NEWS
May 7, 2013
DEAR HARRY: Several years ago, I co-signed a loan for my son through Sallie Mae, the student-loan corporation. Shortly afterward, he stopped all contact with us and stopped paying on the loan. Naturally, they came after me for payment. Fortunately, I was able to resolve this problem by entering into a co-borrower release agreement with Sallie Mae in February 2009. Since then, I have been contacted from time to time by collection agencies claiming to represent Sallie Mae. They insist that I still owe the full remaining principal on the loan.
NEWS
April 23, 1999 | LAURENCE KESTERSON / Inquirer Suburban Staff
Members of the West Chester Area Educational Support Personnel Association demonstrate over their lack of a contract before Gov. Ridge's arrival at West Chester East High School for a land-use conference. Julie Hunter (left) and Joan Riviello (in plaid) led a group in the protest. The union, which represents about 150 secretaries, aides and technicians, has been without an agreement since July 1. District officials say a pay raise is the main outstanding issue, but the union also wants benefits paid.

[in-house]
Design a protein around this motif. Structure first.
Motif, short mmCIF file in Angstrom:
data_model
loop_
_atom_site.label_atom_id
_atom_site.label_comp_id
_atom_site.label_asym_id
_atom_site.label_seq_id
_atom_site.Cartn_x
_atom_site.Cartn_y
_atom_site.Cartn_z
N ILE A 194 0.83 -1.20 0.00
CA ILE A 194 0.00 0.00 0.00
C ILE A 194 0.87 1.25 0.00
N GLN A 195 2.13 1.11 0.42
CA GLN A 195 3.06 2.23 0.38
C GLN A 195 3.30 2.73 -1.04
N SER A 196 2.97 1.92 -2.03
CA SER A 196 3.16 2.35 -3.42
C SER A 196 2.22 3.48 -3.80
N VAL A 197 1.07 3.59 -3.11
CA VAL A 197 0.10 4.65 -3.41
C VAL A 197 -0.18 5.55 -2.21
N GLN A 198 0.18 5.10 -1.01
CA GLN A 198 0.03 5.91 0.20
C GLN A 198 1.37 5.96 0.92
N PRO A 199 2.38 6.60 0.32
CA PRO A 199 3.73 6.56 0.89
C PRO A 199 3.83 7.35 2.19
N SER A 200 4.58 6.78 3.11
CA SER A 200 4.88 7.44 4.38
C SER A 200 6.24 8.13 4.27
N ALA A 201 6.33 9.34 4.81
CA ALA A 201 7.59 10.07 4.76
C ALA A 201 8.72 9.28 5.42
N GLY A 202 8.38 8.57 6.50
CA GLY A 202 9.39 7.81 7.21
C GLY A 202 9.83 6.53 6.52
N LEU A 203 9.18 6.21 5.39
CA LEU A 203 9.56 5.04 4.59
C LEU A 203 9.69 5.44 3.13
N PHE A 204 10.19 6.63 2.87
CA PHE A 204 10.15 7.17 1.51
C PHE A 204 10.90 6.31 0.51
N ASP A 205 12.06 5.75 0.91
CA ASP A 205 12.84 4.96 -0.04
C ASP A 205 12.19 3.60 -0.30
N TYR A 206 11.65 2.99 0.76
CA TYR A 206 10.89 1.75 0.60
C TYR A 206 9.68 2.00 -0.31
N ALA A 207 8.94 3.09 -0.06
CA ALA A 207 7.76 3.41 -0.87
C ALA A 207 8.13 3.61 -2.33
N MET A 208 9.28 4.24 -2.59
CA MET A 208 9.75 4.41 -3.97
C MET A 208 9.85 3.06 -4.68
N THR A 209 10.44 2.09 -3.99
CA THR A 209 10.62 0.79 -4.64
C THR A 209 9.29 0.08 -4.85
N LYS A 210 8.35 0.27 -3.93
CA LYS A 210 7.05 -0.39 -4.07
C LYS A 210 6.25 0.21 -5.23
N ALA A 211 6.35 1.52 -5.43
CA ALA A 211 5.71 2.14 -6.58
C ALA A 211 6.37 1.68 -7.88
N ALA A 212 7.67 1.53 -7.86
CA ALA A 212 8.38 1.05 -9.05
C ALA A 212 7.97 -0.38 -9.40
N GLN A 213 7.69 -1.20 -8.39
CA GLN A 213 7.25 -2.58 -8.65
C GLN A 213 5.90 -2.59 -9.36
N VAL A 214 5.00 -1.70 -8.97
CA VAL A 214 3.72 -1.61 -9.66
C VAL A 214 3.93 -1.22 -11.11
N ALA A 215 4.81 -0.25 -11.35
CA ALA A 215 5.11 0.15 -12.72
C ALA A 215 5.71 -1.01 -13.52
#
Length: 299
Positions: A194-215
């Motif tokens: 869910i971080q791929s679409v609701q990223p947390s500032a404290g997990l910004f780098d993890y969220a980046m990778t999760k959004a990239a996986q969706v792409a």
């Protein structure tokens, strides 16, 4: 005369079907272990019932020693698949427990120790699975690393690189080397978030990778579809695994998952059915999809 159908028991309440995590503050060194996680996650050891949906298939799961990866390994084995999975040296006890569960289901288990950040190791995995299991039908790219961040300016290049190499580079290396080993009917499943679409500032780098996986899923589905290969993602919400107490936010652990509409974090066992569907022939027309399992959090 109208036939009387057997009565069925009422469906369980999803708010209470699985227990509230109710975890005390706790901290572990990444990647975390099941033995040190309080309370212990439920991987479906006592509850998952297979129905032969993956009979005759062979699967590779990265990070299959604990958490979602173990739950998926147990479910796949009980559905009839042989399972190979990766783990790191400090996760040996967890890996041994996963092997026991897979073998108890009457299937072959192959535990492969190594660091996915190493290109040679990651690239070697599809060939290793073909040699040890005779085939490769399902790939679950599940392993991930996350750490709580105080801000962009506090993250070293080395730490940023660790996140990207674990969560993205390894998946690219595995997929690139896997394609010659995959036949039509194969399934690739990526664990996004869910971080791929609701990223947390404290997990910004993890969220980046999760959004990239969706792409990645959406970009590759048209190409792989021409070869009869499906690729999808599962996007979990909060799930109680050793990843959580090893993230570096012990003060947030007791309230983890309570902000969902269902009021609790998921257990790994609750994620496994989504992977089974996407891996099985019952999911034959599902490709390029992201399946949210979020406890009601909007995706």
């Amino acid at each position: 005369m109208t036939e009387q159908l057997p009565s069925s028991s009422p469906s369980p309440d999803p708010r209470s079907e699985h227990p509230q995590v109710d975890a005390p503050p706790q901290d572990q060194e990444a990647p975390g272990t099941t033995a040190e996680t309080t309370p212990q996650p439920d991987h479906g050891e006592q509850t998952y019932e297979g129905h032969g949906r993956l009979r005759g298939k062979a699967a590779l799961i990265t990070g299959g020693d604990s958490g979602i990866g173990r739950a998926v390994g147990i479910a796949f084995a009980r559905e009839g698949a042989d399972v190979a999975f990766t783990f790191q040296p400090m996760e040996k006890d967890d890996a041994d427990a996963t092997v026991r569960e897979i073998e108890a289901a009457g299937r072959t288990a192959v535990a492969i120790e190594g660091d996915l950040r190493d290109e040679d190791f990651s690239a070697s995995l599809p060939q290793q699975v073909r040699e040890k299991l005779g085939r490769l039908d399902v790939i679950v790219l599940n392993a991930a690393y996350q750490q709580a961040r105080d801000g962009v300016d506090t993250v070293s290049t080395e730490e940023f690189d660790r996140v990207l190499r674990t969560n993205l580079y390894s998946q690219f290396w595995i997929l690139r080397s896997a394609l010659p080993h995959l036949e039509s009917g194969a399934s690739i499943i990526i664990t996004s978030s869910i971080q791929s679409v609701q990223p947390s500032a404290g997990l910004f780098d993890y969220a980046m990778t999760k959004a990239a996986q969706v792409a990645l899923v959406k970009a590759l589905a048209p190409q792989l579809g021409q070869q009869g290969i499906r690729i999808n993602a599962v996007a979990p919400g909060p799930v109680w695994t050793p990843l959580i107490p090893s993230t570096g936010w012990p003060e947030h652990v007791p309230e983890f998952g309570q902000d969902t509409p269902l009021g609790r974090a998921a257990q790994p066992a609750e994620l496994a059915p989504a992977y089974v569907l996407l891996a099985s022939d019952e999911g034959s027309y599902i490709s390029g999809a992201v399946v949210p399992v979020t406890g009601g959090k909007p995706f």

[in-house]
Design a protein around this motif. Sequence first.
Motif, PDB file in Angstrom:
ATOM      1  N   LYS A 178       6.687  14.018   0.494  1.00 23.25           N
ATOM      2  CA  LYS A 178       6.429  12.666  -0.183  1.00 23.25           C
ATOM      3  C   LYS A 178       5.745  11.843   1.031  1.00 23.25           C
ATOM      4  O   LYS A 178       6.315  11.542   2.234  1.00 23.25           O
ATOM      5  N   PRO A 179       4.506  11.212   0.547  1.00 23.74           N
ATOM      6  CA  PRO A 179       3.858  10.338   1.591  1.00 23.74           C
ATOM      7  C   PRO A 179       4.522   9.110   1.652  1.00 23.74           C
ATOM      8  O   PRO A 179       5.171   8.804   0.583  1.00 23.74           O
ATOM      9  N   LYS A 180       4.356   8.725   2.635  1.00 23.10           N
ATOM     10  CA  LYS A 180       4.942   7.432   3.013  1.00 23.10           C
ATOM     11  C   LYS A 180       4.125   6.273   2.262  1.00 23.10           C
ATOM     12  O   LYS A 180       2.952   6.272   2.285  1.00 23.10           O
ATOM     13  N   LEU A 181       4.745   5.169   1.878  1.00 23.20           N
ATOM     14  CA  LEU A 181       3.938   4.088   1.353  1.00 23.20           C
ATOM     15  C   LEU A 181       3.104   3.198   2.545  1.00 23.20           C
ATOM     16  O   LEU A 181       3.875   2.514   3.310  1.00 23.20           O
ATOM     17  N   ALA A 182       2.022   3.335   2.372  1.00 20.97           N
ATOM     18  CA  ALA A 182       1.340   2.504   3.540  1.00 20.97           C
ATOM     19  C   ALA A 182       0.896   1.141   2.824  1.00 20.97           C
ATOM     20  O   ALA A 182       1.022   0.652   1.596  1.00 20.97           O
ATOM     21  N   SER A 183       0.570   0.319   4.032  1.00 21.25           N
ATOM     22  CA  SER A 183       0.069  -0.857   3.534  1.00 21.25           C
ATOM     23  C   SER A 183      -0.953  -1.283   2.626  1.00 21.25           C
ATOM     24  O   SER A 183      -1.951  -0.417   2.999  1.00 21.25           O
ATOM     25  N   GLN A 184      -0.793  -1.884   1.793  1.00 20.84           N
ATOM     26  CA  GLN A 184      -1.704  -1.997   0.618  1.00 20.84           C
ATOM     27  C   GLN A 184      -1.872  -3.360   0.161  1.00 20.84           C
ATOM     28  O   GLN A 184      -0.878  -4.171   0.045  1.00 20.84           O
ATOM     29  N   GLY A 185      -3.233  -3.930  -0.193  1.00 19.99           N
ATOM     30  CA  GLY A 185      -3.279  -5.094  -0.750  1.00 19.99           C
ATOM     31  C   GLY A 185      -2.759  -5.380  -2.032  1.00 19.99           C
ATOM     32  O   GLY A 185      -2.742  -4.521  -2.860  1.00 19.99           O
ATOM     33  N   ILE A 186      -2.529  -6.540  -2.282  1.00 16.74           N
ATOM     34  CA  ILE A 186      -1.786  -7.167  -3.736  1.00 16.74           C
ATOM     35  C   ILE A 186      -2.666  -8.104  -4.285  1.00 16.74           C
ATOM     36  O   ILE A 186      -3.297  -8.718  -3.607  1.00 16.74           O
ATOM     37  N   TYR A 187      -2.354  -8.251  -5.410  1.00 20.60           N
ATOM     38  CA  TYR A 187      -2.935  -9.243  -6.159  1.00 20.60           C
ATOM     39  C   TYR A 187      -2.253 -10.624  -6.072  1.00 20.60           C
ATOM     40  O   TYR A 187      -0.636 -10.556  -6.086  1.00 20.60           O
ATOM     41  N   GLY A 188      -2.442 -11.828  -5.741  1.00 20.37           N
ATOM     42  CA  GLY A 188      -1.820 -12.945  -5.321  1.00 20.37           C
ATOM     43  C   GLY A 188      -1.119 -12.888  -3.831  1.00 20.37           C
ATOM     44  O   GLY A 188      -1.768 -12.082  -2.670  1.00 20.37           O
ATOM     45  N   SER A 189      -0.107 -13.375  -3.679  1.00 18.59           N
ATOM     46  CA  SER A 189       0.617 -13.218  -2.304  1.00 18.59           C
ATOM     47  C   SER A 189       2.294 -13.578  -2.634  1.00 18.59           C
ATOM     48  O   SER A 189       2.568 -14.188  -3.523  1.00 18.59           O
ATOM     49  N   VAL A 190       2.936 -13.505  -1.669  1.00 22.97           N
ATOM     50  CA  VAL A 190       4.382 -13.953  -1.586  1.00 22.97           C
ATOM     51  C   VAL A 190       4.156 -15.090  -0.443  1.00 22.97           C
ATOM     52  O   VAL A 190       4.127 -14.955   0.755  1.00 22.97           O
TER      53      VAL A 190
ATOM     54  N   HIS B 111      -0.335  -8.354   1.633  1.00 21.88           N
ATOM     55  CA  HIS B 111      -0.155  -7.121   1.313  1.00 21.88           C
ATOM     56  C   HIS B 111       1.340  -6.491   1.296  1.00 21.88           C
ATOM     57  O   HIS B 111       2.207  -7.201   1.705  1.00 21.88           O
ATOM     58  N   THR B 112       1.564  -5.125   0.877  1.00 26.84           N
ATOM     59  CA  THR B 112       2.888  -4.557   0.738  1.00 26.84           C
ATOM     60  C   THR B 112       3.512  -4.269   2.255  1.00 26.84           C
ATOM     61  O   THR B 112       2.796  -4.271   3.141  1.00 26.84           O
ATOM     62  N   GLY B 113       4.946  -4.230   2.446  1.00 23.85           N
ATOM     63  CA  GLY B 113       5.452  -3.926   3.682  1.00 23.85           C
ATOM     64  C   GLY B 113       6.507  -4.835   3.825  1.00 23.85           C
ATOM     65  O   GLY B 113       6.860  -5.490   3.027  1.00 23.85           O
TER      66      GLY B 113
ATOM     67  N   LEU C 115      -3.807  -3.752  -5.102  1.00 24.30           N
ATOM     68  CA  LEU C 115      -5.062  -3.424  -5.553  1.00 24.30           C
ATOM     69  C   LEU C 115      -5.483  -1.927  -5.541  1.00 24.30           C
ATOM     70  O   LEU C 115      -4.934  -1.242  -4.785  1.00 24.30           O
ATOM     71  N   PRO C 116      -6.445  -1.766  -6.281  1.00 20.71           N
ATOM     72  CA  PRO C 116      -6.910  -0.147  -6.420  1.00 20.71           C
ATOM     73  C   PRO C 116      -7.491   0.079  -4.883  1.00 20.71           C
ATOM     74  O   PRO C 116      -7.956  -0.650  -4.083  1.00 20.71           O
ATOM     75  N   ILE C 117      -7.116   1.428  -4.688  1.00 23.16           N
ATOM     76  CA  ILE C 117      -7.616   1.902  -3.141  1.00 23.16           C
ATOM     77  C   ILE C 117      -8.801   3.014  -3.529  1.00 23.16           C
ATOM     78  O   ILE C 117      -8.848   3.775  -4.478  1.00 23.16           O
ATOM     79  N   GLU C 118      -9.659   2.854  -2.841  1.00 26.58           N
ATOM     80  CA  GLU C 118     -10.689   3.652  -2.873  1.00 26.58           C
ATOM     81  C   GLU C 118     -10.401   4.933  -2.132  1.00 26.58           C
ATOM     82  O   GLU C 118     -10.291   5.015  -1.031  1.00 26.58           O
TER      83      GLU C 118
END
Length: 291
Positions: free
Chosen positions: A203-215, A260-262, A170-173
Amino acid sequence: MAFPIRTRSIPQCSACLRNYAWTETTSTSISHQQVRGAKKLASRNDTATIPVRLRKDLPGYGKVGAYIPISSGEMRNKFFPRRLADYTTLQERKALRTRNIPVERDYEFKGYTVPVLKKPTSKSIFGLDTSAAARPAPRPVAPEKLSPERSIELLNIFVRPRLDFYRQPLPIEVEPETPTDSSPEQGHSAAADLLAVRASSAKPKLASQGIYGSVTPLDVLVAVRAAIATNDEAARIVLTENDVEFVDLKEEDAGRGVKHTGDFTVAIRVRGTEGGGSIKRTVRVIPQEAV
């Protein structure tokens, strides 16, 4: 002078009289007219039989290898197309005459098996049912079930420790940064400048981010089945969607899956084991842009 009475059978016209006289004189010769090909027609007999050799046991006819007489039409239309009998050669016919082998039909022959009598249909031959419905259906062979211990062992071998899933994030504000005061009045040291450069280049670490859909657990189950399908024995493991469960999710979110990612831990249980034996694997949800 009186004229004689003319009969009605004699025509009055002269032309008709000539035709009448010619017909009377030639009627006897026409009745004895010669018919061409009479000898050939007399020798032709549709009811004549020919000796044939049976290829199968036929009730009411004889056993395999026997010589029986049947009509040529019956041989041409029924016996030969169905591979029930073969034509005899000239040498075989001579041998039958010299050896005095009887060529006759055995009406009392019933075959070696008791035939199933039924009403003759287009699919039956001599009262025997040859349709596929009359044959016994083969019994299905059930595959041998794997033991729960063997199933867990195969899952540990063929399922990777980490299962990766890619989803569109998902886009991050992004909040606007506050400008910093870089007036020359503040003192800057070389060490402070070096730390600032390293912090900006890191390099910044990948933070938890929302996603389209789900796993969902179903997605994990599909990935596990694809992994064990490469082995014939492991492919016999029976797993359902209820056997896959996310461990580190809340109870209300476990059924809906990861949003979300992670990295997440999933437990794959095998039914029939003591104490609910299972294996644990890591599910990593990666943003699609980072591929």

BUSINESS
January 9, 2014 | By Andrew Maykuth, Inquirer Staff Writer
One of the region's leading paving contractors, Danella Cos., has agreed to pay more than $2.3 million to settle claims that it overbilled the Philadelphia Gas Works for materials. The city's Office of Inspector General said Tuesday that it found "significant discrepancies" over three years in the amount of paving materials the Plymouth Meeting company used to patch up roadways after gas-main repairs. The investigation, undertaken at PGW's request, included more than 400 core samples of roadways.
NEWS
June 1, 2014 | By Edward Colimore, Inquirer Staff Writer